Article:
The watchdog group Citizens for Responsibility and Ethics in Washington had called for the online disclosure.

The FCC’s move will give the public a far more granular picture of where and how political money is being spent.

Currently, it’s very difficult to tell when and how political campaigns are spending money on advertisements. Outside groups–including super PACs and 501(c)4s–are subject to greater transparency. Those groups disclose ad spending to the FEC within 48 hours of purchasing air time, and the FEC reports it online almost immediately.

Campaigns, however, only disclose spending once a month -- meaning that candidates themselves largely evade scrutiny on how much they’re spending at any given time. By the time the public finds out, the data is already a month old. Still, with this new FCC ruling, that will change.

Copyright 2012 ABC News Radio


Obama Campaign Scouting Major TV Ad Buy

JEWEL SAMAD/AFP/Getty Images(CHICAGO) -- President Obama’s re-election campaign is preparing for its first major ad buy of the 2012 campaign, requesting advertising rates from local TV stations in key battleground states, sources tell ABC News.

One source familiar with the scouting, speaking only on condition of anonymity, called the process “a first step” but said that no decision had been made on content for an ad or whether to move forward.

Obama campaign strategists have publicly expressed concern about the millions of dollars of ads already on the air attacking the president funded by pro-Republican super PACs. They are eager to push back.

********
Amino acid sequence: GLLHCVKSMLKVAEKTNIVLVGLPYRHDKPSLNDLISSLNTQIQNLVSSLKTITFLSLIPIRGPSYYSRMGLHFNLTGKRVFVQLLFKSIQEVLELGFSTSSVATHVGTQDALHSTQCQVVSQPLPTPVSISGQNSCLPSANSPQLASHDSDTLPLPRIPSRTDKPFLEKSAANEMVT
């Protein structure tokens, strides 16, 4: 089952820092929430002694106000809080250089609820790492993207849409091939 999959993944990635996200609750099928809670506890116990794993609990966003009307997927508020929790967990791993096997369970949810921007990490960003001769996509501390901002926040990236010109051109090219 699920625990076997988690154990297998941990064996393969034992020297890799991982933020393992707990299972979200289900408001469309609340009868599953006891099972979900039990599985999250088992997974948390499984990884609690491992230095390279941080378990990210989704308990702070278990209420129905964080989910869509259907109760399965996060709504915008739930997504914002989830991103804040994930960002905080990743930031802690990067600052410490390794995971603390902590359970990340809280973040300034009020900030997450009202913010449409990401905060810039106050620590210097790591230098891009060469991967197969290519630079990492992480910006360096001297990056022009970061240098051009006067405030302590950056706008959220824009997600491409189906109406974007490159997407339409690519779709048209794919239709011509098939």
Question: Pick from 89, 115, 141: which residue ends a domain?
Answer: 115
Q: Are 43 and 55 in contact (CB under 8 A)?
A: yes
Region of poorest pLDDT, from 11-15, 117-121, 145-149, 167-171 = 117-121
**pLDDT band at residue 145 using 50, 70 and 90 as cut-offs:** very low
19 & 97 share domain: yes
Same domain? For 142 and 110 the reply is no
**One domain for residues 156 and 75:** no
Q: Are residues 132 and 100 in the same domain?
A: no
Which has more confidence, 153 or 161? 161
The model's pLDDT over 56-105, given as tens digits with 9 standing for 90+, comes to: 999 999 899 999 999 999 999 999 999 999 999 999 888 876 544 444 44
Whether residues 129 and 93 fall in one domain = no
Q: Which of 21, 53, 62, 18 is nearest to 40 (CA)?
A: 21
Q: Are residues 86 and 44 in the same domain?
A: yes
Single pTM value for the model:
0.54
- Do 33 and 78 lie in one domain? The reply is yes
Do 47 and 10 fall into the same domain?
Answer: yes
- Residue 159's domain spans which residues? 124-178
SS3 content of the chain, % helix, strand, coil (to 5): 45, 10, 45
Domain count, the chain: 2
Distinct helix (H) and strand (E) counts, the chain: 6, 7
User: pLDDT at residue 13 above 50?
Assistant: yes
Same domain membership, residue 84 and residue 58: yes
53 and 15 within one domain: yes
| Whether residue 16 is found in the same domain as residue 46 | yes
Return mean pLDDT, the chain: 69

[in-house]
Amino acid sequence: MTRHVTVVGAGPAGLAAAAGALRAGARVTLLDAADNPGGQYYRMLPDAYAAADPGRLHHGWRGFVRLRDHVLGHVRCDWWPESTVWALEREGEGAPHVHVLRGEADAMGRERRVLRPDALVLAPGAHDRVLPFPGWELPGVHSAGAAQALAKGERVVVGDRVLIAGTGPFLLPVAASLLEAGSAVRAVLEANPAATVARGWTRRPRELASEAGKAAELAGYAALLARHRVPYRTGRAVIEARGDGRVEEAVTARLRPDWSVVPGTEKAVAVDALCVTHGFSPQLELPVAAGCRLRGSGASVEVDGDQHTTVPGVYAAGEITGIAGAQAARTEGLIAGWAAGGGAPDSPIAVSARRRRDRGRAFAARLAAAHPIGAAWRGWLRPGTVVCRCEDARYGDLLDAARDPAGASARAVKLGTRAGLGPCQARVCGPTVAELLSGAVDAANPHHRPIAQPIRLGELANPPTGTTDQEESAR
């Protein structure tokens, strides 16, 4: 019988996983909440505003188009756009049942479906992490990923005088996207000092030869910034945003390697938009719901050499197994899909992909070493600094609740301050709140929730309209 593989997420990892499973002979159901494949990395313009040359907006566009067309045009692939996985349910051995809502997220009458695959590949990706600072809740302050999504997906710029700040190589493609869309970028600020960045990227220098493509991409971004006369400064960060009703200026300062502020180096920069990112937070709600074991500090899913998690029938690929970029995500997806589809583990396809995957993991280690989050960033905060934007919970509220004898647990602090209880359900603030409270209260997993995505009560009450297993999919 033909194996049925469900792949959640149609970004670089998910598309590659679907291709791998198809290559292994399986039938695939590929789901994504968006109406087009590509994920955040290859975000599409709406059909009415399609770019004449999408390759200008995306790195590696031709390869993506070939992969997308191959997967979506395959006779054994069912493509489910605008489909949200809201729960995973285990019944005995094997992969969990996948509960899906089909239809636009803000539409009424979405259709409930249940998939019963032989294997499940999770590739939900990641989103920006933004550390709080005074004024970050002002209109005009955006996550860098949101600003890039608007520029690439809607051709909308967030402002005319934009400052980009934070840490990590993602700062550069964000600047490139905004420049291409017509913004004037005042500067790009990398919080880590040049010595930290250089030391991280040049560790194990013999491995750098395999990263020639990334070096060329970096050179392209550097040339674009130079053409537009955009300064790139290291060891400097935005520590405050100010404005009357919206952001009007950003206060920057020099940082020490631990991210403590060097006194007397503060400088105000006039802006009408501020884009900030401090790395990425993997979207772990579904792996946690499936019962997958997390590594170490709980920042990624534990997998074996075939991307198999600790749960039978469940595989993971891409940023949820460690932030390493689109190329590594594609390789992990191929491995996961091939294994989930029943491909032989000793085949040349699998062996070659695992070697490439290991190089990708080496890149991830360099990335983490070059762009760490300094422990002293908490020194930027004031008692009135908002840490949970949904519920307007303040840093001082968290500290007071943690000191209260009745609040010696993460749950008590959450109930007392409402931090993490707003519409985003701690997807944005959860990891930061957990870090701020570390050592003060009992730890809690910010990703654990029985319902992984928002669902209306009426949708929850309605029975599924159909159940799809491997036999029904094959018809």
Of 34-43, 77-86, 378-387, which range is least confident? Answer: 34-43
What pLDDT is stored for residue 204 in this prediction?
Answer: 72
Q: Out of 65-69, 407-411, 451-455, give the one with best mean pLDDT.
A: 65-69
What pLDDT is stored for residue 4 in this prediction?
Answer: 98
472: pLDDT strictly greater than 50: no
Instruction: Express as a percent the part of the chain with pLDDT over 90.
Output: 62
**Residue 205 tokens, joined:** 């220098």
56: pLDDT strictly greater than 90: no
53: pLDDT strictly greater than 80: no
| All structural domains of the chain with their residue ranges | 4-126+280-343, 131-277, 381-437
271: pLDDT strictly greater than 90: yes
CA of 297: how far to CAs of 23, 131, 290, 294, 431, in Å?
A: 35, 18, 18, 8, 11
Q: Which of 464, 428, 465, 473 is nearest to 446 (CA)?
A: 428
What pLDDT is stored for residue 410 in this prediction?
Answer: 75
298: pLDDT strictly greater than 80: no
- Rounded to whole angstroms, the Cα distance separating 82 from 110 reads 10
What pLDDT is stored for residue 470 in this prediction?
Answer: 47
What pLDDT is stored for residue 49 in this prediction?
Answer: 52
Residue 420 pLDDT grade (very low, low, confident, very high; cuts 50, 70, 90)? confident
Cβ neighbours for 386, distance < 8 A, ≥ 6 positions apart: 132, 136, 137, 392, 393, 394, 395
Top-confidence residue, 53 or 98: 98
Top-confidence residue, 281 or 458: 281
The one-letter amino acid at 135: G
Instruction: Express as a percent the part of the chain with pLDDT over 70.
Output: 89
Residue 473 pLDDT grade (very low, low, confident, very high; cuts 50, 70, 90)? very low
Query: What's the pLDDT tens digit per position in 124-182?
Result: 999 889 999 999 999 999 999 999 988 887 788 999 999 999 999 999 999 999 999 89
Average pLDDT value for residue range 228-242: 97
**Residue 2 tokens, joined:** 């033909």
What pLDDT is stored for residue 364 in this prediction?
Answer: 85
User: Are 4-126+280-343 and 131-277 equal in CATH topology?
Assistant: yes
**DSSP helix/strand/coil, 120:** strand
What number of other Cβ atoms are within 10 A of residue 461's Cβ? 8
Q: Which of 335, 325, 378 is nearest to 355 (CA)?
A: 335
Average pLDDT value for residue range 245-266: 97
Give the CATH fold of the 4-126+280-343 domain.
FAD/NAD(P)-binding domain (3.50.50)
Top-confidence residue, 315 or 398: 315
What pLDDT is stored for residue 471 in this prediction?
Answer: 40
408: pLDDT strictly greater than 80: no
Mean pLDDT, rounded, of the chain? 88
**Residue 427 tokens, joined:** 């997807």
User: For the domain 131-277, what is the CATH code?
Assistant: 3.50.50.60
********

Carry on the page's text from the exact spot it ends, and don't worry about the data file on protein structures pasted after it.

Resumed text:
“They’re talking upwards of half a billion dollars in negative ads aimed at the president from interest groups who don’t disclose and who can raise unlimited amounts of money,” chief Obama strategist David Axelrod said Sunday on CNN. “That is a very, very concerning thing to me.”

Obama has raised more than $131 million for his campaign through Dec. 31, according to campaign manager Jim Messina. Combined with funds raised by the Democratic National Committee, which will work in tandem with the president, the total exceeds $220 million. Much of that money will likely be tapped for advertising.

The campaign ran its first TV ads of the 2012 cycle in November: a “tiny” buy on national satellite providers aimed at signing up supporters as volunteers and potential donors. News of Obama team preparations for an ad buy in battleground states was first reported by Mark Murray of NBC.

Copyright 2012 ABC News Radio


Santorum Campaign Launches Its First Television Ad

ABC News(SIOUX CITY, Iowa) -- Rick Santorum's campaign put out its first television ad on Thursday, the same day a SuperPAC also launched in support of the former Pennsylvania senator.

Titled “Sing, Sing, Sing,” the ad was slated to air in Iowa Thursday evening. The TV spot touts Santorum's conservative background and the endorsements he’s received from conservative leaders over video footage of the candidate with his wife and seven children.

“A loving husband, a devoted father, homeschooler and a man of deep faith. He wrote the law that banned partial birth abortions. Overhauled America’s welfare system,” a narrator reads. ” And no one has done more to protect America from Iran’s growing threat than Rick Santorum. It’s no wonder Palin, Beck and Huckabee are singing his praises.”

The voiceover narrates over quotes from Sarah Palin, Glenn Beck, and Mike Huckabee praising Santorum and even includes a quote from rival Newt Gingrich lauding Santorum’s Iran policy.

On Wednesday, the former senator bragged that he was running the leanest of the GOP presidential campaign. Earlier Thursday, the Red, White, and Blue Fund, a Santorum SuperPAC, announced they were spending $200,000 on ads in Iowa touting Santorum.